For those who have never stayed as a guest, here is a snapshot of the review process when completed in March 2021. I completed this review on a laptop and accessed the review from the e-mail prompt that Airbnb sent after my stay.
E-mail from Airbnb asking to review. Note: if you click on a star with your curser, that will populate the star rating on the first step of the review, but it can be changed.
First step - Choose an overall star rating:
If giving a 3 star or below a "Report unsafe behavior" link will appear:
If giving a 4 or 5 star, the next step will be to choose 'compliments.' This step is optional and can be skipped. If giving a 3 star or below, this step is not an option.
The next step is to describe your trip:
Then choose a star rating for the 5 subcategories. Cleanliness, Accuracy, Check-in, Communication, Location, and Value.
Note: If you choose a star rating of 4 or below for any subcategories it will ask you to choose from a list of possible reasons and add detail. Examples:
If you give a 5-star overall rating but a 4 star in any of the subcategories, you will get this message. You have the option to change the overall rating or ignore it.
Next is the private note to the host:
Next, the public review:
This concludes the review.
@Emilia42 Thanks for posting this. Is it required to enter feedback when assigning lower than 5 stars in a category, or can guests still continue on without doing that? I wish they would make it a requirement for moving to the next step.
@Colleen253 No, it is not required. You can still move onto the next page without indicating feedback. You cannot move onto the next page if you leave any star rating blank.
I agree, feedback is always nice. However, I will admit that when previously completing a review in the past, I had originally selected a 4 star for one category. But when the feedback section appeared I changed the score to 5 stars because I didn't want to be bothered or insulting to the host with my reasoning. So from a psychological perspective, I think it is once again encouraging 5-star reviews.
Thanks for sharing. I have an upcoming stay scheduled in a couple of weeks, and also will get to see the new review questions. I think the reason why there is no questions regarding the "safety practices" is because the questions are not tailed for any specific type of property or stay, and there isn't an option of N/A as a response. If a guest stayed at an entire place, and the host were not on site, a No answer could be the right selection, but it wouldn't be appropriate. Also, there wouldn't be any point of intervention by Airbnb if the breach had occurred since the stay had already been completed. I think that Airbnb believes that guests will contact them before a stay is finished if there is a safety violation. I won't even go down the rabbit hole about verification of the incident.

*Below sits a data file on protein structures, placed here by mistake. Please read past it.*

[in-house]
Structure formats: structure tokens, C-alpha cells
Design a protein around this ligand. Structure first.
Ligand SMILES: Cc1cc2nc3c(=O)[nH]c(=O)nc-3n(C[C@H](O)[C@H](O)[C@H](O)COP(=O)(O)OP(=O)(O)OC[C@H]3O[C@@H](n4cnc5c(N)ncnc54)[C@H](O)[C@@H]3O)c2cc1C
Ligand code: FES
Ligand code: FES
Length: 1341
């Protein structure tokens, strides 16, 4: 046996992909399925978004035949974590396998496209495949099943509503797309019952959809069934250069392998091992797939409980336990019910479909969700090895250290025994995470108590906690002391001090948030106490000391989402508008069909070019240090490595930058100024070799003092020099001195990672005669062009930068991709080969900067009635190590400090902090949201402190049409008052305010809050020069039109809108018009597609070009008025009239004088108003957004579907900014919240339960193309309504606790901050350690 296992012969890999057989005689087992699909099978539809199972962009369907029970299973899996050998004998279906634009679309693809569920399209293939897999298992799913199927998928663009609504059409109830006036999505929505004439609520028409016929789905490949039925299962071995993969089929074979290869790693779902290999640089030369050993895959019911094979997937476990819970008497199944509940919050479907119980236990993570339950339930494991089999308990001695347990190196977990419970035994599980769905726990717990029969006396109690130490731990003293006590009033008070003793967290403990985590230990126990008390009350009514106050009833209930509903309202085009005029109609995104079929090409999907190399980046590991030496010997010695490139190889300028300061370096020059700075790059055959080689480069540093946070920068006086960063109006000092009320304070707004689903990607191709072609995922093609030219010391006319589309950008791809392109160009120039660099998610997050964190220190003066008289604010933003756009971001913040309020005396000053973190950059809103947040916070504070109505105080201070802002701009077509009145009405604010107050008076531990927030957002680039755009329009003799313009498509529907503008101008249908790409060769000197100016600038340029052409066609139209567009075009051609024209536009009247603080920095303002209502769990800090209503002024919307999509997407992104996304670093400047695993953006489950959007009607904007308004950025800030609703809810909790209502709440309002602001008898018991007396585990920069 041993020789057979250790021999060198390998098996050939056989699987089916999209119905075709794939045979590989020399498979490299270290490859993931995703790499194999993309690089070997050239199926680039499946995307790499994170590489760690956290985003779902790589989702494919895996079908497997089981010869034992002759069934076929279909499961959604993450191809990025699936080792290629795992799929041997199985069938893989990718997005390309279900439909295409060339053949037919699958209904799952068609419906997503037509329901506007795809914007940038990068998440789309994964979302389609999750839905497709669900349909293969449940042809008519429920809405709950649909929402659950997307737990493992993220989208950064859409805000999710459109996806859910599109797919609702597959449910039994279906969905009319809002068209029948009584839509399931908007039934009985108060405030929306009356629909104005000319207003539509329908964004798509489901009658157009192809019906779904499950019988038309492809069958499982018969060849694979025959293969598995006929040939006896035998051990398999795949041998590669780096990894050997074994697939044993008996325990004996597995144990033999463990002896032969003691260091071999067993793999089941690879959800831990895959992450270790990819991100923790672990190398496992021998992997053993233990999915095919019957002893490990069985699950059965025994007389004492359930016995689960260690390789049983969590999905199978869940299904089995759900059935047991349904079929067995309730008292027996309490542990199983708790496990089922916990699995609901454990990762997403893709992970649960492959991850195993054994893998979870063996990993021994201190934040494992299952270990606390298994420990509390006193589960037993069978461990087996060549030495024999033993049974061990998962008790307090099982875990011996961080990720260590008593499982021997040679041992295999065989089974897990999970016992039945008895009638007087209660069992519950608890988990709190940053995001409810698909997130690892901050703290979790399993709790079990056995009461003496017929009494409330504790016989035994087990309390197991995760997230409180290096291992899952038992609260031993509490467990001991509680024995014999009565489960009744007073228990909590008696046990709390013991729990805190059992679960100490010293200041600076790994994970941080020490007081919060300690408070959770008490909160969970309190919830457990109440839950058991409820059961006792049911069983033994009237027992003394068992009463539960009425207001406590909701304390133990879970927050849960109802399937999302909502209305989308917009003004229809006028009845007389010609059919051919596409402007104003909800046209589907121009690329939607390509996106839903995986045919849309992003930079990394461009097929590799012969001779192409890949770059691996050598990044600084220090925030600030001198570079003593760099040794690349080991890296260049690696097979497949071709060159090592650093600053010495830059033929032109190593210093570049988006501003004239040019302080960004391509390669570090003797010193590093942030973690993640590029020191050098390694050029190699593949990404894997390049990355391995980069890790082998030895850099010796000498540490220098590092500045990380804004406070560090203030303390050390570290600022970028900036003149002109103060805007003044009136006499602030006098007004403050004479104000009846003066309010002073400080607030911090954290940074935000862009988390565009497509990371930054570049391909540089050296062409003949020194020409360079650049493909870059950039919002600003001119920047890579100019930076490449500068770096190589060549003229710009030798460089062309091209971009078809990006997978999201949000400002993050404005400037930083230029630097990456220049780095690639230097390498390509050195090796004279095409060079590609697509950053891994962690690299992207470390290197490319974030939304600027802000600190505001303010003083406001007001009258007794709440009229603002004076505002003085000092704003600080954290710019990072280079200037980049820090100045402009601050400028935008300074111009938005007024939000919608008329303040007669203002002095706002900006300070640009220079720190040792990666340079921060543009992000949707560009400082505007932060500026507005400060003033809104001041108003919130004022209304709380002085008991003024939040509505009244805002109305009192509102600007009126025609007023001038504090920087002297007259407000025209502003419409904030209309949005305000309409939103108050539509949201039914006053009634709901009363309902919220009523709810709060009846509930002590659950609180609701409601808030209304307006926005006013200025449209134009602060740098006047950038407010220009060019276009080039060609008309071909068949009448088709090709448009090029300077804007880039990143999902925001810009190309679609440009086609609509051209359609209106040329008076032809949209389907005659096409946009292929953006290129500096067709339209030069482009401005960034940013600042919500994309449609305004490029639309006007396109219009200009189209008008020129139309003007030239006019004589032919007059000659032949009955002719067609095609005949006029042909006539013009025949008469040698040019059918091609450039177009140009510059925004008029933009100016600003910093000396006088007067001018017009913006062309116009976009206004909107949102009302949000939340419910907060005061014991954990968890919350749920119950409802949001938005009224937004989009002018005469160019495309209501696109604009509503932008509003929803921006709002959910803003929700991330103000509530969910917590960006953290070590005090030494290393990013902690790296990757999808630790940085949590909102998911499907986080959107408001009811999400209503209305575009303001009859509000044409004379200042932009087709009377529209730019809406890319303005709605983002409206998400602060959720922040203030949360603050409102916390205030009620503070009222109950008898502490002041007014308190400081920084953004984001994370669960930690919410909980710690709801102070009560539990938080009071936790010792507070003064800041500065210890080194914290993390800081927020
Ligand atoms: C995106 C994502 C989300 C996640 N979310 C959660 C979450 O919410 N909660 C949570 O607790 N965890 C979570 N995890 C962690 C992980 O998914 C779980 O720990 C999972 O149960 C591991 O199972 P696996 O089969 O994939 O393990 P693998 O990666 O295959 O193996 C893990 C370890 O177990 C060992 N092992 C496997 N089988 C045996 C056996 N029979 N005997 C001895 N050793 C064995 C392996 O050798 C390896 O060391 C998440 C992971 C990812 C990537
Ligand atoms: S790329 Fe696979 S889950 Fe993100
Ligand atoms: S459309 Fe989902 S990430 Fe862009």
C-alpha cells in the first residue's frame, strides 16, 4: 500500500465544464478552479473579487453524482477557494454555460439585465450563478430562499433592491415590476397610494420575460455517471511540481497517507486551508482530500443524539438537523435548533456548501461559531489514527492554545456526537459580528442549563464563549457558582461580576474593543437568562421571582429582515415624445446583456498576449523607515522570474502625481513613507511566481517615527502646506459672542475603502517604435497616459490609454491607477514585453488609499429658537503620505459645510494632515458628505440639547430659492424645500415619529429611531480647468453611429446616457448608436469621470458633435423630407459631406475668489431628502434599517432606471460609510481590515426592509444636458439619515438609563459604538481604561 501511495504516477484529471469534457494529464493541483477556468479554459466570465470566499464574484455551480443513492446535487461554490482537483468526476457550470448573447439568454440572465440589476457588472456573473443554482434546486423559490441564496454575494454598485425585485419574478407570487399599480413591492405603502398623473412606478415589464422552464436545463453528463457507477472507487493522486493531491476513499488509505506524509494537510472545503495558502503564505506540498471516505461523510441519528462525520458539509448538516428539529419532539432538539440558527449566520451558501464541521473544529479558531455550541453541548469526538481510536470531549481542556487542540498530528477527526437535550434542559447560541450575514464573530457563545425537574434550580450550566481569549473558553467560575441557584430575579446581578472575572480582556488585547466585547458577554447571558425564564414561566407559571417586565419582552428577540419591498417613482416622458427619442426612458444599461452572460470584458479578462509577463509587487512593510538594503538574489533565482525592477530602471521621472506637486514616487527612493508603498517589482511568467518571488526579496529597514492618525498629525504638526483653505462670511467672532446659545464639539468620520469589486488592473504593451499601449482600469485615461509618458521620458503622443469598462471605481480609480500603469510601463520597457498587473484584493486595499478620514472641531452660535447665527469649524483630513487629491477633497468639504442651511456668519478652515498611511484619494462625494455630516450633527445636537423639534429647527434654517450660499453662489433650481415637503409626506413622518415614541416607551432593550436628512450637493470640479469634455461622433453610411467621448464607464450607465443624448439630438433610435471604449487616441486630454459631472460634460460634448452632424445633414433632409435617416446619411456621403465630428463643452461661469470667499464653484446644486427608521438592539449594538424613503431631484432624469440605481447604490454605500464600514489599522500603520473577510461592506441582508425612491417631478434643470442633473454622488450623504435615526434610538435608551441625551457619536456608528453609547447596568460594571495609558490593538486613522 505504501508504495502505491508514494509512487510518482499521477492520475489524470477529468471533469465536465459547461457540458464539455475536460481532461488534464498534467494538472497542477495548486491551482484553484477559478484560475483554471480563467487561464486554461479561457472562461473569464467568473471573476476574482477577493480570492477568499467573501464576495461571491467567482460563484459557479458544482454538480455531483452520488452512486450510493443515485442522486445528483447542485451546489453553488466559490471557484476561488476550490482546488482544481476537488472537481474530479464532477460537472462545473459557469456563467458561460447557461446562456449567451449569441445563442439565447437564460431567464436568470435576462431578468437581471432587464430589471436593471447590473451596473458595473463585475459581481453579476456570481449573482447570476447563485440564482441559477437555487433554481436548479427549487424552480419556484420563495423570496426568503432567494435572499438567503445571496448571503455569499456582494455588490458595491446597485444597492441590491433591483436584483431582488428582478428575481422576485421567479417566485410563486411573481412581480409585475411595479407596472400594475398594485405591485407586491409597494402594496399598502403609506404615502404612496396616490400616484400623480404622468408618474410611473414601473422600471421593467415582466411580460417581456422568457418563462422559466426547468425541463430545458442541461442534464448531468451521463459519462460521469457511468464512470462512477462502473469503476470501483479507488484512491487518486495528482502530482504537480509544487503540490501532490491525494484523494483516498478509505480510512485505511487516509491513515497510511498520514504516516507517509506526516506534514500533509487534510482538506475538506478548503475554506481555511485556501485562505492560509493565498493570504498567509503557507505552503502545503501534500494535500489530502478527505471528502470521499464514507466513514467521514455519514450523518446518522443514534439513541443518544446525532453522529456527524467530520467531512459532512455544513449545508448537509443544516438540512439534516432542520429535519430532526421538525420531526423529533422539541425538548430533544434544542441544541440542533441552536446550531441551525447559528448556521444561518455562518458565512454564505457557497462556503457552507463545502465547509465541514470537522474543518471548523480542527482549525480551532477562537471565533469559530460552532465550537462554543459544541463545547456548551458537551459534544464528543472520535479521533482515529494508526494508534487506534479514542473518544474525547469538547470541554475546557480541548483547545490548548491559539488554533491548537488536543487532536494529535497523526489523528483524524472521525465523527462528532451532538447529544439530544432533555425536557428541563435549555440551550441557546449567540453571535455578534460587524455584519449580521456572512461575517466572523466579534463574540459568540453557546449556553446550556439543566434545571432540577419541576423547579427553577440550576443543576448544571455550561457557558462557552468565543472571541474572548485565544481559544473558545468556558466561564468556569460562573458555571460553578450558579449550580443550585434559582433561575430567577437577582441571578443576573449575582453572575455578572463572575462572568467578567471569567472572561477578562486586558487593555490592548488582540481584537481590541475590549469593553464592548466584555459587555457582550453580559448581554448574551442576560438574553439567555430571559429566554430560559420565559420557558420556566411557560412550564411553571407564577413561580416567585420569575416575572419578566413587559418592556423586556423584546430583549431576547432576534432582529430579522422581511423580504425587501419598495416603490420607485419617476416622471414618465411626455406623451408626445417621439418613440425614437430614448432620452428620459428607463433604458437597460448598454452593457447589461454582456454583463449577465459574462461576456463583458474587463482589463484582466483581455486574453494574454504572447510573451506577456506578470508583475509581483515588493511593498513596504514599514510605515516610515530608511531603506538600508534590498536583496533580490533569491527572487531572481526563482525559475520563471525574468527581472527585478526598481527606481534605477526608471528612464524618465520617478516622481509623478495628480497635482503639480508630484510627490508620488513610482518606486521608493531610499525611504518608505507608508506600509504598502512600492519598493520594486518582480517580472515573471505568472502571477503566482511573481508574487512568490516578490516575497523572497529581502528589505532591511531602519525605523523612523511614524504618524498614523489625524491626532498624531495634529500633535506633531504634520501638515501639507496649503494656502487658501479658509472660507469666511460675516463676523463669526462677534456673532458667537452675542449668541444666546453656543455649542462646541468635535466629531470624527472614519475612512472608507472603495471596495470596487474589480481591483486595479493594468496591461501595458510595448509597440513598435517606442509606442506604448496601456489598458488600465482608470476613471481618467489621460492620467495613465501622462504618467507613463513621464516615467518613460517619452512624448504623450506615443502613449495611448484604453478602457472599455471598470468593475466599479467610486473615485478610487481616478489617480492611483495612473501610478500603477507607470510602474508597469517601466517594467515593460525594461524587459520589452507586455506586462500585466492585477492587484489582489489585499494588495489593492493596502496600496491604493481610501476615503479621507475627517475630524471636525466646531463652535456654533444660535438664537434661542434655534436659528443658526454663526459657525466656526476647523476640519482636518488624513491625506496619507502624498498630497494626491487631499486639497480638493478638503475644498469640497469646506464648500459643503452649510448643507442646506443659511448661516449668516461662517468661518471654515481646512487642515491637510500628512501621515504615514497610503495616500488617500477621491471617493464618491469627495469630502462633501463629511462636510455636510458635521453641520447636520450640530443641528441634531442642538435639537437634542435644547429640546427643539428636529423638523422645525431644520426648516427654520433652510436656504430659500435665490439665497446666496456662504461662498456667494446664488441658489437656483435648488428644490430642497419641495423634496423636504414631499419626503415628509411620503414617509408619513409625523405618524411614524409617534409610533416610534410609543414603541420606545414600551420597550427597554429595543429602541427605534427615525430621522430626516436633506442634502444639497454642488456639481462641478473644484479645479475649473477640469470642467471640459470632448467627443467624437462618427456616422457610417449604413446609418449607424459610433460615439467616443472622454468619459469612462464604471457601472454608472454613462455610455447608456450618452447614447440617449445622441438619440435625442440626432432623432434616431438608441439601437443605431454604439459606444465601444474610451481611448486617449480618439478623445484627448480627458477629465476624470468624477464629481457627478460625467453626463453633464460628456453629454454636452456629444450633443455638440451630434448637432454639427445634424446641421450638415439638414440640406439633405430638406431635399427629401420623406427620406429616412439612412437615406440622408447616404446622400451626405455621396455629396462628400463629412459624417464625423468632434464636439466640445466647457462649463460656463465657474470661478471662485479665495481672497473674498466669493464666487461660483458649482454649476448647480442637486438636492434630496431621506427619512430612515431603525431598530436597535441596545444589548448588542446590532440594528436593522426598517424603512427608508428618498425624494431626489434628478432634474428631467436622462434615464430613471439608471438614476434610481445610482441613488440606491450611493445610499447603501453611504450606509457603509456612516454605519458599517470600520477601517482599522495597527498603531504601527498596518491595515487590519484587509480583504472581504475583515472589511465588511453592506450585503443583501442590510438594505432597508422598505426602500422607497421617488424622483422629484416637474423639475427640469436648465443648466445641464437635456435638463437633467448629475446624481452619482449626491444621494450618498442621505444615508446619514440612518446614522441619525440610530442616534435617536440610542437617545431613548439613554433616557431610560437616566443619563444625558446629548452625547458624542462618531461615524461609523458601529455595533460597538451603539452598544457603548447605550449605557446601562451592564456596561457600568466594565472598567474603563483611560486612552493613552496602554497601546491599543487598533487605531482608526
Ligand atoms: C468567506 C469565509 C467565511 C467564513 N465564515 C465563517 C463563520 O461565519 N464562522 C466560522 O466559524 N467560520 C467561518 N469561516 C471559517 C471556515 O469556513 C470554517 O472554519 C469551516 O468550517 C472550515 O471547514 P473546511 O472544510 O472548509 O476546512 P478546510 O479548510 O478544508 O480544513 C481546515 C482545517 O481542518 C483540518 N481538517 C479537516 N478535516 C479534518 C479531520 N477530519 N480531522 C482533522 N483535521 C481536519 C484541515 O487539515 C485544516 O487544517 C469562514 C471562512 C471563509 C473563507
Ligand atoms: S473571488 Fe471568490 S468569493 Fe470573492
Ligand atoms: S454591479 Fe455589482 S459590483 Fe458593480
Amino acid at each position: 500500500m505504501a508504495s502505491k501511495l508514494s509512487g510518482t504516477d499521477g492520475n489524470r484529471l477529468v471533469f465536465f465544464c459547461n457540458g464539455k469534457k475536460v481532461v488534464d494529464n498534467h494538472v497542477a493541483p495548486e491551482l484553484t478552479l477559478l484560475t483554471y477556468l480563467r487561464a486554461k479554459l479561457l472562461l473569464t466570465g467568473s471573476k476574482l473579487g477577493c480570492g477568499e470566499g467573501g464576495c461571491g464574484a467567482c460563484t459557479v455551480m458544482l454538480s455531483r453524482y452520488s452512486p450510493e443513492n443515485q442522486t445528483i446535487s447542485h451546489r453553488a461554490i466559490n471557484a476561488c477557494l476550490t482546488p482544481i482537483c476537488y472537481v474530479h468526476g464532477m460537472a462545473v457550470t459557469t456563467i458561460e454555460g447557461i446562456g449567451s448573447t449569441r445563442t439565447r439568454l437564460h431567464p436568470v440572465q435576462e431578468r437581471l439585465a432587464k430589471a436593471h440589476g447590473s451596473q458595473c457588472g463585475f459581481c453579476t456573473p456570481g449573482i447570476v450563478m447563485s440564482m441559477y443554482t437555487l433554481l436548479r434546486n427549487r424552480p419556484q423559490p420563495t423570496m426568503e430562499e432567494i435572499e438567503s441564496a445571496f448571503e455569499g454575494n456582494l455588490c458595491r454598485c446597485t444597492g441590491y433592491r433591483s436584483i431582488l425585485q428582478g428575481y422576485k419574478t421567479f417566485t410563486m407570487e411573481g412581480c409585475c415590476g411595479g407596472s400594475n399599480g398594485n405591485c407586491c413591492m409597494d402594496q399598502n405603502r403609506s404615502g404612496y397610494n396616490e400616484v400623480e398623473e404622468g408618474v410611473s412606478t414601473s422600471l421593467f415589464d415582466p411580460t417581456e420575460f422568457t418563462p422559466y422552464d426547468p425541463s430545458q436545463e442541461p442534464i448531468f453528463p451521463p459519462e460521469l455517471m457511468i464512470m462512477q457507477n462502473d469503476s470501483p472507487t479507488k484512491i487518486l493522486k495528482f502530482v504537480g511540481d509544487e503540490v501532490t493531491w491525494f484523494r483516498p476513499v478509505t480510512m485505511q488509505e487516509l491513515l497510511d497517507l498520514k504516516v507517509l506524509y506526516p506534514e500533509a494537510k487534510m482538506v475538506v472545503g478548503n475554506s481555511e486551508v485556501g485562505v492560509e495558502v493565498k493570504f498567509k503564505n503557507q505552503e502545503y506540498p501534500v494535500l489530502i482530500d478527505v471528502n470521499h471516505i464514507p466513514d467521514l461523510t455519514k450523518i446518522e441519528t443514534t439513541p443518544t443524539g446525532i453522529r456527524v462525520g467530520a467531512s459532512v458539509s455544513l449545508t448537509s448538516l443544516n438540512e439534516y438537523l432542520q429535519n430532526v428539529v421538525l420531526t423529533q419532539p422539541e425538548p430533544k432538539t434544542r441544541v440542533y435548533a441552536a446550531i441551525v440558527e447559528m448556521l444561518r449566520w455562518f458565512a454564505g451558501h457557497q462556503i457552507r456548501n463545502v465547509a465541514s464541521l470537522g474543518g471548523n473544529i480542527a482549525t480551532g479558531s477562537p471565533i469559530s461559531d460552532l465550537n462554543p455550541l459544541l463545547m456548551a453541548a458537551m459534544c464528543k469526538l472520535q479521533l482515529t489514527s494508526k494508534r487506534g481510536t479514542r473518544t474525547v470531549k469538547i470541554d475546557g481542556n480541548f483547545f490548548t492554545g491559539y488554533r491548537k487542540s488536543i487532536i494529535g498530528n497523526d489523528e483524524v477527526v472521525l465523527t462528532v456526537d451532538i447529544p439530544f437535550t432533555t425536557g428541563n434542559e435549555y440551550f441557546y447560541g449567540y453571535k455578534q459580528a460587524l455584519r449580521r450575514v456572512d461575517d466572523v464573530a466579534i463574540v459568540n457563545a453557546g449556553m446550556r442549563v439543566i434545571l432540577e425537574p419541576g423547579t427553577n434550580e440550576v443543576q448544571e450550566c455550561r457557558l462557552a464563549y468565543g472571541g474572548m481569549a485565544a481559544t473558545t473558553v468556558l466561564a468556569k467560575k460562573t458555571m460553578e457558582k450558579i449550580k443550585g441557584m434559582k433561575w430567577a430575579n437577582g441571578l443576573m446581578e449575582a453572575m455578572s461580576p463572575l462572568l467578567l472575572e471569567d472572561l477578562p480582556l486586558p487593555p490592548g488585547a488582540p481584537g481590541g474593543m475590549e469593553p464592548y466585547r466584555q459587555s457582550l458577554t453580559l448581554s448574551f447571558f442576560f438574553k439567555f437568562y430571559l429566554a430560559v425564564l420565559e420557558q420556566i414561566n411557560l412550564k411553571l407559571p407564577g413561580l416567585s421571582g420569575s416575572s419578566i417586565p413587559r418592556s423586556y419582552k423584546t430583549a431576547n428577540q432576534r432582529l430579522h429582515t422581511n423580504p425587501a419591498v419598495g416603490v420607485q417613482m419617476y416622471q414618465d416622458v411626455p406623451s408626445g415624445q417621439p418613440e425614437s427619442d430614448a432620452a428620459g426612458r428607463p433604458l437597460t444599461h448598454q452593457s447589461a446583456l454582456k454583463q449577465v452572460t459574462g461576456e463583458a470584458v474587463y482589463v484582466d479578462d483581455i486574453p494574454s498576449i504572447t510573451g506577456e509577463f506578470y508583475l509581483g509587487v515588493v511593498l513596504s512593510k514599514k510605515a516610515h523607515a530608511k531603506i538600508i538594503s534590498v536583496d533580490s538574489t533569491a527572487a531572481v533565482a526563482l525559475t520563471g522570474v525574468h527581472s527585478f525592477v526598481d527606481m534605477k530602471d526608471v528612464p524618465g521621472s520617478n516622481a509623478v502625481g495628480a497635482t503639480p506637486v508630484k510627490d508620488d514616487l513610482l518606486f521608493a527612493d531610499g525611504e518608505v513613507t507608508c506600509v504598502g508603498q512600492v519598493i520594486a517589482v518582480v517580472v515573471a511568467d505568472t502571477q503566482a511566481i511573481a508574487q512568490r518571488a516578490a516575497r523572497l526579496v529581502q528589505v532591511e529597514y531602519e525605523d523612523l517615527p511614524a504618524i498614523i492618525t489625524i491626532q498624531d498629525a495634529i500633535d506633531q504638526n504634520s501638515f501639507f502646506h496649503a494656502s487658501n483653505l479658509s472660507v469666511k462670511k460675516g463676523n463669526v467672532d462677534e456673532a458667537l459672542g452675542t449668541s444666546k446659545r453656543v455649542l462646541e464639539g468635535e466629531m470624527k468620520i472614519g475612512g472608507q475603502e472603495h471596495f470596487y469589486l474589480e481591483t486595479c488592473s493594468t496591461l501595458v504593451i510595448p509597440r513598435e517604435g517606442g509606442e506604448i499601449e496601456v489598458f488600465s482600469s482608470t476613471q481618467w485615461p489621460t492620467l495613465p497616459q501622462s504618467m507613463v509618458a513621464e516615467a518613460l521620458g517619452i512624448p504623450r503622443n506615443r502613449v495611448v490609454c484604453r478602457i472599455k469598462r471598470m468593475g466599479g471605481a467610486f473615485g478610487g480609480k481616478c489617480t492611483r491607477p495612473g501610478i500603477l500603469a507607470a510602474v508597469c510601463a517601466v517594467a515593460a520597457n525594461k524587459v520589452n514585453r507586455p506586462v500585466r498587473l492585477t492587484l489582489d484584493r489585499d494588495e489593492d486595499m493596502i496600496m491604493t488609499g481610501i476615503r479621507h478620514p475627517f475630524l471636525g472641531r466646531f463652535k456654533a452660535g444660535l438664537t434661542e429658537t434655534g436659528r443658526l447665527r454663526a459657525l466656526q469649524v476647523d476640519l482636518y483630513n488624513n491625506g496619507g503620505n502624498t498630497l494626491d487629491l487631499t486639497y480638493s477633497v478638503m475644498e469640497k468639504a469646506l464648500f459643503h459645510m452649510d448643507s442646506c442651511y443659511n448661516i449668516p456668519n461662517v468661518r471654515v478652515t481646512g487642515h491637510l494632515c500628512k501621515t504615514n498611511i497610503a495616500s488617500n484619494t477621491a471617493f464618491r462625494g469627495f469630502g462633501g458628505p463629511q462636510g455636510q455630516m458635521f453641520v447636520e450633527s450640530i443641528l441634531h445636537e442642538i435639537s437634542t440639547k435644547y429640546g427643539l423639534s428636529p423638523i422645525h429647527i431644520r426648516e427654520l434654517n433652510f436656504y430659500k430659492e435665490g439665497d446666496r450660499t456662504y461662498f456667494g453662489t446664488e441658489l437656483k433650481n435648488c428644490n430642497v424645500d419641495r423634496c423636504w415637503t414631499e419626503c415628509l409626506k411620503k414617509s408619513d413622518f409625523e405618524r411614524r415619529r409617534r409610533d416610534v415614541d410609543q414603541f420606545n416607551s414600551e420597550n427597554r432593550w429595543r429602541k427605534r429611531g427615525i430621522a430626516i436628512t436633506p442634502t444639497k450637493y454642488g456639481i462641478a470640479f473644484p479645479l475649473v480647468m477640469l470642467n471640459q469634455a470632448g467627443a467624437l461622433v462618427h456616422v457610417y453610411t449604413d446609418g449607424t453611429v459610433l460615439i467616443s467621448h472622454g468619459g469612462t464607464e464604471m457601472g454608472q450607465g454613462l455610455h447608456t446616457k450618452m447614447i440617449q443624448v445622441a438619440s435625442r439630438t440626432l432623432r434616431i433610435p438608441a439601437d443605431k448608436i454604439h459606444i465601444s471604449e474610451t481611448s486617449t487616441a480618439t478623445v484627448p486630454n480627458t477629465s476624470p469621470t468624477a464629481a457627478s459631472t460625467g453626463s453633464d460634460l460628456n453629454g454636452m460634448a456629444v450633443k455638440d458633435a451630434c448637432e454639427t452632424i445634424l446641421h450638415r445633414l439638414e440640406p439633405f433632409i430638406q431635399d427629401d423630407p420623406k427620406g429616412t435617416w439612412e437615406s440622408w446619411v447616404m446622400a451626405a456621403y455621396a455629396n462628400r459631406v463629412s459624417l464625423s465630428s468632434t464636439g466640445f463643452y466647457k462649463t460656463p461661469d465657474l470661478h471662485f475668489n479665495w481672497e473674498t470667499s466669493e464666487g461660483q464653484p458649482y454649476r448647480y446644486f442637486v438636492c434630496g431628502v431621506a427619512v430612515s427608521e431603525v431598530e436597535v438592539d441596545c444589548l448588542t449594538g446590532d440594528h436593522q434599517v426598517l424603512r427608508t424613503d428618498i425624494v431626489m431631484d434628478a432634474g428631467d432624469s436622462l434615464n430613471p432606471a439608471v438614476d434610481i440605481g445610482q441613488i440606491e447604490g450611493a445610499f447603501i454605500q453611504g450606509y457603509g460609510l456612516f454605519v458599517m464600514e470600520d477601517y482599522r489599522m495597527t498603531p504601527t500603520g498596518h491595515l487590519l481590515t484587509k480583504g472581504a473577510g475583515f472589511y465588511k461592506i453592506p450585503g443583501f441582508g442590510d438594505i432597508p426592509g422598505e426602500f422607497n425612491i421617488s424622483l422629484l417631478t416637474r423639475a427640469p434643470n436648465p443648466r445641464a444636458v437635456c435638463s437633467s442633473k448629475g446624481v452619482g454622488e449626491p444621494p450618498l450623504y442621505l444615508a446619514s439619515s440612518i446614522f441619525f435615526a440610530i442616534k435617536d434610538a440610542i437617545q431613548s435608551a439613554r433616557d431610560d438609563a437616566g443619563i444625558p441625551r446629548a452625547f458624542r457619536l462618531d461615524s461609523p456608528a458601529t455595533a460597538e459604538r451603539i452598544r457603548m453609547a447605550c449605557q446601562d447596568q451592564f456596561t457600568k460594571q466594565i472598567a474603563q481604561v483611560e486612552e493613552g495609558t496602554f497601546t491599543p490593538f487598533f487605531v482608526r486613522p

@Debra300 Very true. The same reasoning probably as to why there aren't questions about privacy. It is so beneficial for hosts to stay as guests every once in awhile. Airbnb should really do more encouraging of this with more vouchers, etc. It helps to improve the guest's stay when you know the process. I would love to hear your take on the current review setup after you complete your stay!
@Emilia42 Even though most feedback actually ends up being pretty useless, I feel the guest should be required to provide some comment, to show the reasoning for the lower score, and also, as you said, a guest may think twice at that point and just put a 5 instead. That would take care of problems like the guest who marked me down for check in because he didn't like my check out time. I'd like that person to have to actually write that. Because he certainly wasn't about to offer it up voluntarily. I had to ask him, since I knew check in was perfectly smooth. He may have thought twice if he'd had to write that in. It's easier to just carelessly toss out something lower with no accompanying comment.